BEDMINSTER, New Jersey (Reuters) - The enormous putting surfaces could pose an unusual challenge at the U.S. Women’s Open starting at Trump National on Thursday.
Three-putts will present an acute danger on the large, fast and sloping greens for the 156-player field gathered for the year’s third major.
“The greens will be the biggest part of this golf course,” former world number one Lydia Ko said on Tuesday.
”The greens are really big here ... just because you’re on the green doesn’t necessarily mean it’s going to be an easy two-putt or a birdie.
“So, I think getting the speed right, because you might be a long distance away, I think that’s going to be super important.”
The 6,732-yard rolling layout is framed by graduated rough with the second cut grown to four inches, but players are somewhat accustomed to that in majors and generous fairways should help them stay out of the long grass most of the time.
The greens, however, pose a different test.
“More than half of them stretch over 40 yards long,” championship director Shannon Rouillard, adding that they would likely be presented at a lightning-fast speed.
Two-time champion Park In-bee, who won the crown in 2008 and 2013, said the greens could determine the winner.
“You have to avoid three-putts because you’ll be putting from far away from the holes here,” the South Korean former world number one said. “Some sloping greens and downhill putts can be very, very quick here.”
Current world number one Ryu So-yeon, acknowledged as one of the best ball-strikers in the game, said she could be lifted by the confidence gained with the putter over the last year while working with former British Open champion Ian Baker-Finch.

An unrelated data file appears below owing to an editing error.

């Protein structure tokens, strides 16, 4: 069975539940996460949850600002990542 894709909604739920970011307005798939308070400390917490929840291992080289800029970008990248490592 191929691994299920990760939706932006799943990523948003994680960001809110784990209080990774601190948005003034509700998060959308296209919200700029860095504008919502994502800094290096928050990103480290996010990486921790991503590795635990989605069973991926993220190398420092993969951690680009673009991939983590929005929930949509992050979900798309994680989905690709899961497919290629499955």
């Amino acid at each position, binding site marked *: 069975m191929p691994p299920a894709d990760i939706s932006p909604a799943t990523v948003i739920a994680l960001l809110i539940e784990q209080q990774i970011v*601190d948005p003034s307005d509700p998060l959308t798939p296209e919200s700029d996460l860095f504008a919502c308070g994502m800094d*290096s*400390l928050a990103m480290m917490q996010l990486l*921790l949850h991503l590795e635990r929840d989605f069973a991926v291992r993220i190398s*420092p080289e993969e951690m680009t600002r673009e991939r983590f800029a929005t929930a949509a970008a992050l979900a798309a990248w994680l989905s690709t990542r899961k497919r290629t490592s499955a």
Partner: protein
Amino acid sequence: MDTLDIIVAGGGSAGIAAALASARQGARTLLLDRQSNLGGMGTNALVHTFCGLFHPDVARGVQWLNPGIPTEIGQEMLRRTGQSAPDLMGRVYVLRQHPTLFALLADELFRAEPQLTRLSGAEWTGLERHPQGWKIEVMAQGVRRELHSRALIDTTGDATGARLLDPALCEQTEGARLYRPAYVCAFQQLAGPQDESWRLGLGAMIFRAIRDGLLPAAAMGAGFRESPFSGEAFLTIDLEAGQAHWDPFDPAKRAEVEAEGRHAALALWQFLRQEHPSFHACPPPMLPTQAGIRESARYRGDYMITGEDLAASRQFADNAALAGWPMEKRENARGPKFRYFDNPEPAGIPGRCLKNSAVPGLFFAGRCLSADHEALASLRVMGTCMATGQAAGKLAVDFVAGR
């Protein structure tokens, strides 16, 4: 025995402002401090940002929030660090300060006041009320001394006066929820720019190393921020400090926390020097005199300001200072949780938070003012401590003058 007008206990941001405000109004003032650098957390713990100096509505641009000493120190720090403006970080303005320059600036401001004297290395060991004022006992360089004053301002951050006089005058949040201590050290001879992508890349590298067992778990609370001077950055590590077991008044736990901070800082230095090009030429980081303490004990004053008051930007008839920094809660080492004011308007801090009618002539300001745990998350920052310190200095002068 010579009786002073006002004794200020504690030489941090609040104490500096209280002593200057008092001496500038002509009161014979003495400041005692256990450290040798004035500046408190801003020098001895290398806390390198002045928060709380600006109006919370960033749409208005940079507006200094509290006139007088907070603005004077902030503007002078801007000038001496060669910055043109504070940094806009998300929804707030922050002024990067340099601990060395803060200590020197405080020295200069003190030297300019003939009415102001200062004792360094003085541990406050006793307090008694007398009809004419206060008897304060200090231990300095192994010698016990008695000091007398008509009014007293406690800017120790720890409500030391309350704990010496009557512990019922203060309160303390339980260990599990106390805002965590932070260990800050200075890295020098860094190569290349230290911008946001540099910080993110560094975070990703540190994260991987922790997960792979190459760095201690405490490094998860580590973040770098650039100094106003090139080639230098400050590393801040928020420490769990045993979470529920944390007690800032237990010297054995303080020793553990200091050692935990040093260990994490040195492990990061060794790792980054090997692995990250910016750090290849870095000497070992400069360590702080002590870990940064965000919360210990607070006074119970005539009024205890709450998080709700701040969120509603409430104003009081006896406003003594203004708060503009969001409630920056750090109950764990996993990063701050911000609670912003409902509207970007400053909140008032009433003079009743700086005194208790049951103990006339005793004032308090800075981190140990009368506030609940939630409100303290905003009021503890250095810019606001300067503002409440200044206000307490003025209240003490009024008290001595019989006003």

“When I first met Ian Baker-Finch I told him, ‘I‘m the worst putter in the world, I‘m putting really bad, I really need your help.'”
“He was like, ‘you know what So-yeon, your stroke is perfect. You don’t need to think you are the worst putter in the world. Your putting stroke is awesome. You just need to trust yourself and enjoy your moment on the greens.’”
Ryu said she had been her own worst enemy.
“If I look back, I was definitely a bit afraid of getting on the green because even after I hit a really great shot, (for a) four-foot birdie putt or six-foot birdie putt, what if I‘m going to miss it?” she said.
“The biggest difference is I‘m working with Baker-Finch and right now, I think just my attitude is much more positive. Right now I‘m more focused how I‘m going to make it.”
Reporting by Larry Fine; Editing by Andrew Both